…the U.K. and Italy are significantly more dependent on direct government financing of health-care than is France or Germany. Government accounted for 79% of total health-care spending in the U.K. in 2017, according to Eurostat, and 74% in Italy. Germany and France both rely on compulsory insurance schemes with varying degrees of subsidy and government meddling, but outright government expenditure amounts to only 6% of total health spending in Germany and 5% in France. …politicians already have made decisions that may seal a country’s coronavirus fate…the important choices may have already come in the guise of technocratic health spending and investment decisions made largely out of public view over many years. How lucky do Europeans feel?

The moral of the story is that coronavirus vulnerability may be worse in nations where government has the most control over healthcare.

Since the disease is a “black swan” (i.e., an unexpected big event), we should be cautious about drawing too many policy conclusions. After all, any nation with a severe coronavirus outbreak is going to face major problems.

That being said, it may be worth noting that Germany and France have an approach that’s more akin to Obamacare while the system in Italy and the United Kingdom is more akin to Medicare for All.

Either policy is greatly inferior to the free market, but it does raise the question of whether it’s a good idea to jump from a frying pan into a fire.

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There are many boring topics in tax policy, such as the debate between expensing and depreciation for business investment.

International tax rules also put most people to sleep, but they’re nonetheless important.

Indeed, the United States government is currently squabbling with several European governments about the appropriate tax policy for U.S.-based tech companies.

A report from the New York Times last July describes the controversy.

France is seeking a 3 percent tax on the revenues that companies earn from providing digital services to French users. It would apply to digital businesses with annual global revenue of more than 750 million euros, or about $845 million, and sales of €25 million in France. That would cover more than two dozen companies, many of them American, including Facebook, Google and Amazon. …Mr. Lighthizer said the United States was “very concerned that the digital services tax which is expected to pass the French Senate tomorrow unfairly targets American companies.” …France’s digital tax adds to the list of actions that European authorities have taken against the tech industry… And more regulation looms. Amazon and Facebook are facing antitrust inquiries from the European Commission. …Britain provided further details about its own proposal to tax tech companies. Starting in 2020, it plans to impose a 2 percent tax on revenue from companies that provide a social media platform, search engine or online marketplace to British users.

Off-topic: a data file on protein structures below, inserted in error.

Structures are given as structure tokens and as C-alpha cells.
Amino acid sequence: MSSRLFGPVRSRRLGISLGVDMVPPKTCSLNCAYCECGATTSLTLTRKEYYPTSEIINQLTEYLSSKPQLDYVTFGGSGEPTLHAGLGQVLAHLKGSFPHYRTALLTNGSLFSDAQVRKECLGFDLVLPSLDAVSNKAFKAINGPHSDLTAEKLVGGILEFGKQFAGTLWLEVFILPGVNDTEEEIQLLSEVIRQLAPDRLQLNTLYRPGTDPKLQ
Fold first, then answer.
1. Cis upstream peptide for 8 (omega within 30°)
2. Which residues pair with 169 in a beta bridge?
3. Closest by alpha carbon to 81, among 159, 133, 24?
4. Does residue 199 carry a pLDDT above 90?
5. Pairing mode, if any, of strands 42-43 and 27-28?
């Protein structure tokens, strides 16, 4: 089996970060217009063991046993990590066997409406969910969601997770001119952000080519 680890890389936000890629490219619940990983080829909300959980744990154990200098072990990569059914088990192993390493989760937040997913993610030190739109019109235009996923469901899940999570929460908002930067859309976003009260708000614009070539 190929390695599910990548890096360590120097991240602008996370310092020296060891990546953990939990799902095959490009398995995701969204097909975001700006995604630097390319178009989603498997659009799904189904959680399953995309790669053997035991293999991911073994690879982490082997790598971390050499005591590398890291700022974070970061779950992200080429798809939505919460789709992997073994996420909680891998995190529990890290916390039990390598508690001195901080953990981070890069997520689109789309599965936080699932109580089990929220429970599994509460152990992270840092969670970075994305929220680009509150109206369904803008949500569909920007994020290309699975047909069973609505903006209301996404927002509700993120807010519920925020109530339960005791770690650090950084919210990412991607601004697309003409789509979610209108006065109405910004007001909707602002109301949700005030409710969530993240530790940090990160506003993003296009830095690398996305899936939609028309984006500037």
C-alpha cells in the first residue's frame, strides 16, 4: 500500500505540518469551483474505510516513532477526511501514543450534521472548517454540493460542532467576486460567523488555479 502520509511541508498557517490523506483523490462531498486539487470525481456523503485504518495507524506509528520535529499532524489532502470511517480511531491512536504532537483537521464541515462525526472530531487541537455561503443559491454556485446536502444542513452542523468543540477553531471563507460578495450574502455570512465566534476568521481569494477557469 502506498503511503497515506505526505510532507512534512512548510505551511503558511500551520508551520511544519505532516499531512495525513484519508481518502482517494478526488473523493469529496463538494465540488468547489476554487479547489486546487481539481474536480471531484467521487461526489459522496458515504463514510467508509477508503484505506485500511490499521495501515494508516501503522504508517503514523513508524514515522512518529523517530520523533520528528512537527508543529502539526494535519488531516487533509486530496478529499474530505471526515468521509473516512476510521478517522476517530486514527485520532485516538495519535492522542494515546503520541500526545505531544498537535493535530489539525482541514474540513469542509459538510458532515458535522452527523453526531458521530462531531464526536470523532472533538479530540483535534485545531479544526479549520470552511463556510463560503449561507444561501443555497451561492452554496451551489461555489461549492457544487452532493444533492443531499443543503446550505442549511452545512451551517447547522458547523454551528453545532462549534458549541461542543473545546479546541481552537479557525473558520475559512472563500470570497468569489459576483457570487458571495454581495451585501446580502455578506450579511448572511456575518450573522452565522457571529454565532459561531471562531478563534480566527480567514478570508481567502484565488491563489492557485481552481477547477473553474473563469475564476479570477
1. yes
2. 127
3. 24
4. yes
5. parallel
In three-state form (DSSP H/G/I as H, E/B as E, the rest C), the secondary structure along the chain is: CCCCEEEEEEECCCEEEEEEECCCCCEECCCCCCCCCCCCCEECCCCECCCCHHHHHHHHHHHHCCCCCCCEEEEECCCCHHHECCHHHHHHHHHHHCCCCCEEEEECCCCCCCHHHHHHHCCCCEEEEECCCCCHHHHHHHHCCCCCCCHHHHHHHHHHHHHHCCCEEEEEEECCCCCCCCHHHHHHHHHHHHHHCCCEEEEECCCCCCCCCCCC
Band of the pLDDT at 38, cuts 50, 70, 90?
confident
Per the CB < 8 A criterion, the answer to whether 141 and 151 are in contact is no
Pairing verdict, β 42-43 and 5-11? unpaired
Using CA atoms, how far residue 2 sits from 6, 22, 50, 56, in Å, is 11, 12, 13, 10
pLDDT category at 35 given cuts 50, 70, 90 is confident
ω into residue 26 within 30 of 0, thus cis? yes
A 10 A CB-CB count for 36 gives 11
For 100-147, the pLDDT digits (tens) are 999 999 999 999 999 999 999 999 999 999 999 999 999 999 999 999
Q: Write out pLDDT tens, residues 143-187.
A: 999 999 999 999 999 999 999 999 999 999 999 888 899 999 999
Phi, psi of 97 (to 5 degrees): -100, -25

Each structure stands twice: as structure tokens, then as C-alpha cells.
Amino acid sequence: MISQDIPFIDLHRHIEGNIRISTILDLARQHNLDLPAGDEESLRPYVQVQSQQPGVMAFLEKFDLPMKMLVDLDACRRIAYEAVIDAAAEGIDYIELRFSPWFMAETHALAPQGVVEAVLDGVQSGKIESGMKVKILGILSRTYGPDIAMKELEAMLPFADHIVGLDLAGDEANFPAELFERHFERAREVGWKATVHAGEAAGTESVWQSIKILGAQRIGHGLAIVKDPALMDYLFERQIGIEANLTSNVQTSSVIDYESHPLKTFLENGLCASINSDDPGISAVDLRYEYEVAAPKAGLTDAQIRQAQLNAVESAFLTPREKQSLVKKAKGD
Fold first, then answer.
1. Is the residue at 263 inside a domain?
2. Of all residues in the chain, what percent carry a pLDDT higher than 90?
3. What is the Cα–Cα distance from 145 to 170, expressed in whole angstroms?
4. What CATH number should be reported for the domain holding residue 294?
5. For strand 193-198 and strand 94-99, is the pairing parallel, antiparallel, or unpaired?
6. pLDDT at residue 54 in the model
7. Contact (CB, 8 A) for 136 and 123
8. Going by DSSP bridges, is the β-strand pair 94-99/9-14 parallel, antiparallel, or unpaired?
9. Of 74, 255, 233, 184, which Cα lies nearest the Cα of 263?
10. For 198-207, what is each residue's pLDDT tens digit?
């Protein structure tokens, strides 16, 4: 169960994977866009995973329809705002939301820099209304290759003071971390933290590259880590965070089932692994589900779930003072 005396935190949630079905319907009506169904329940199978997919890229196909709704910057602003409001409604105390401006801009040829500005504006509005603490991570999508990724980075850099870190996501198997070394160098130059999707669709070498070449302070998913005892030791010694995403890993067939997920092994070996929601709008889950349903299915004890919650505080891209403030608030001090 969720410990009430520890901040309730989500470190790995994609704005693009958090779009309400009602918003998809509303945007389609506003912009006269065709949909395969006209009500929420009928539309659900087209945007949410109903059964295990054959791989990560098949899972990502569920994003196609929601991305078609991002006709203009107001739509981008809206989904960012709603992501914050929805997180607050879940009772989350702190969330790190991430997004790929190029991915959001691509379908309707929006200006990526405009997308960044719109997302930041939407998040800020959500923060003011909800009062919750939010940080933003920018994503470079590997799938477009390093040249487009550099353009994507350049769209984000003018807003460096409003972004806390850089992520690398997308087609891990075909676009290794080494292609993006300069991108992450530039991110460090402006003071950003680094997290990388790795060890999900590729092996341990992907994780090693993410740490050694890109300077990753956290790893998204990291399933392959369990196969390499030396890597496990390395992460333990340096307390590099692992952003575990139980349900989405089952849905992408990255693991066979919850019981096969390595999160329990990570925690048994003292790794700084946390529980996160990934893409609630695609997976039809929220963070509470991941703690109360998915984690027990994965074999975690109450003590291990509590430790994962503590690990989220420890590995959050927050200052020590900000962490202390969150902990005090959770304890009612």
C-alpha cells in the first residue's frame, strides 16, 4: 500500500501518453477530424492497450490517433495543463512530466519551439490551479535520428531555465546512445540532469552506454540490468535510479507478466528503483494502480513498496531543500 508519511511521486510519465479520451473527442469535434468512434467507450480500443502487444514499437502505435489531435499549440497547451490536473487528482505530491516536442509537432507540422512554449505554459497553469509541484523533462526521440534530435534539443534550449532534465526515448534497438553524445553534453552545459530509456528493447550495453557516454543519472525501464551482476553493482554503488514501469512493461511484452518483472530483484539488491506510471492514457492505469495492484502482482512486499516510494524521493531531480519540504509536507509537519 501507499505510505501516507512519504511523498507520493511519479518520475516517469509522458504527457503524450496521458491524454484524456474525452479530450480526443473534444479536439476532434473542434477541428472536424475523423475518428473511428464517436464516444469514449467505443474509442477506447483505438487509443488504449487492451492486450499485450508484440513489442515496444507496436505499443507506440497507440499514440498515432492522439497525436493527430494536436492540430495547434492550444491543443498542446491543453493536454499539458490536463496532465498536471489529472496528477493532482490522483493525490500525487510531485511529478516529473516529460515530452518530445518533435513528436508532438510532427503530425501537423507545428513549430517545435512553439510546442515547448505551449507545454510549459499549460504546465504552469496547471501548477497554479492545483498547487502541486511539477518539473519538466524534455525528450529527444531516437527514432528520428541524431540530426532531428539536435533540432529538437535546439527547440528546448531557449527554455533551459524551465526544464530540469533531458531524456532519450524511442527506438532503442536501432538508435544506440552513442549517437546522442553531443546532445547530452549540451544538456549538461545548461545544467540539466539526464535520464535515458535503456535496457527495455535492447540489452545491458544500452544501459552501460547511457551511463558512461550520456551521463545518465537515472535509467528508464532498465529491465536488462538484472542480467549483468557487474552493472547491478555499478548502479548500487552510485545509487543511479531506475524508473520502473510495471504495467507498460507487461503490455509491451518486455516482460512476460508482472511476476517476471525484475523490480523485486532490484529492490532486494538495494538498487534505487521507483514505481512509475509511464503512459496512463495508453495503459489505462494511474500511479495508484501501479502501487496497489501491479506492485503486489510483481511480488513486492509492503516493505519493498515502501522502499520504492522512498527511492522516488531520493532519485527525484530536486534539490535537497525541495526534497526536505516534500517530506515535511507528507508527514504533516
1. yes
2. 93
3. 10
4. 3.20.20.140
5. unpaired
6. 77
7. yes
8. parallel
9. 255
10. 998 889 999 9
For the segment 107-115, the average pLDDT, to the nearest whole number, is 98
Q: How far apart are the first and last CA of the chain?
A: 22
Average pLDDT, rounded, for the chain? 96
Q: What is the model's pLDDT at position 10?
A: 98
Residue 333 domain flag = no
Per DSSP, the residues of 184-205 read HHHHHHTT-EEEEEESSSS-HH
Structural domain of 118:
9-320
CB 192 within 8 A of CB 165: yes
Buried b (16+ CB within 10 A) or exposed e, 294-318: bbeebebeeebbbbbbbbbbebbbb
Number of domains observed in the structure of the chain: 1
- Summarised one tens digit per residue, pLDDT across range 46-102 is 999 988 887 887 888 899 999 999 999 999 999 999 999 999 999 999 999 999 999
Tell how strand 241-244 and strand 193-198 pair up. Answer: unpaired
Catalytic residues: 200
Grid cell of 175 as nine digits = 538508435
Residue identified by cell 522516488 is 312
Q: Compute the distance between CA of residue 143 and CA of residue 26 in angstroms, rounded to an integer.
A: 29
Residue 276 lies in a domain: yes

For the latest developments, here are excerpts from an article in yesterday’s New York Times.

A growing movement by foreign governments to tax American tech giants that supply internet search, online shopping and social media to their citizens has quickly emerged as the largest global economic battle of 2020. …At the core of the debate are fundamental questions about where economic activity in the digital age is generated, where it should be taxed and who should collect that revenue. …The discussions, which are expected to last months, could end with an agreement on a global minimum tax that all multinational companies must pay on their profits, regardless of where the profits are booked. The negotiations could also set a worldwide standard for how much tax companies must remit to certain countries based on their digital activity. …Mr. Mnuchin expressed frustration on Thursday in Davos that a digital sales tax had become such a focus of discussion at the World Economic Forum. …American tech firms are eager for a deal that would prevent multiple countries from imposing a wide variety of taxes on their activities.

Daniel Bunn of the Tax Foundation has an informative summary of the current debate.

In March of 2018, the European Commission advanced a proposal to tax the revenues of large digital companies at a rate of 3 percent. …The tax would apply to revenues from digital advertising, online marketplaces, and sales of user data and was expected to generate €5 billion ($5.5 billion) in revenues for EU member countries. The tax is inherently distortive and violates standard principles of tax policy. Effectively, the digital services tax is an excise tax on digital services. Additionally, the thresholds make it function effectively like a tariff since most of the businesses subject to the tax are based outside of the EU. …the European Commission was unable to find the necessary unanimous support for the proposal to be adopted. The proposal was laid aside… the French decided to design their own policy. The tax was adopted in the summer of 2019 but is retroactive to January 1, 2019. Similar to the EU proposal, the tax has a rate of 3 percent and applies to online marketplaces and online advertising services. …The United Kingdom proposed a digital services tax at 2 percent as part of its budget in the fall of 2018. The tax has already been legislated and will go into force in April of 2020. …The tax will fall on revenues of search engines, social media platforms, and online marketplaces. …The OECD has been working for most of the last decade to negotiate changes that will limit tax planning opportunities that businesses use to minimize their tax burdens. …The reforms have two general objectives (Pillars 1 and 2): 1) to require businesses to pay more taxes where they have sales, and 2) to further limit the incentives for businesses to locate profits in low-tax jurisdictions. …This week in Davos, the U.S. and France…agreed to continue work on both Pillar 1 and Pillar 2… The burden of proof is on the OECD to show that the price the U.S. and other countries may have to pay in lost revenue or higher taxes on their companies (paid to other countries) will be worth the challenge of adopting and implementing the new rules.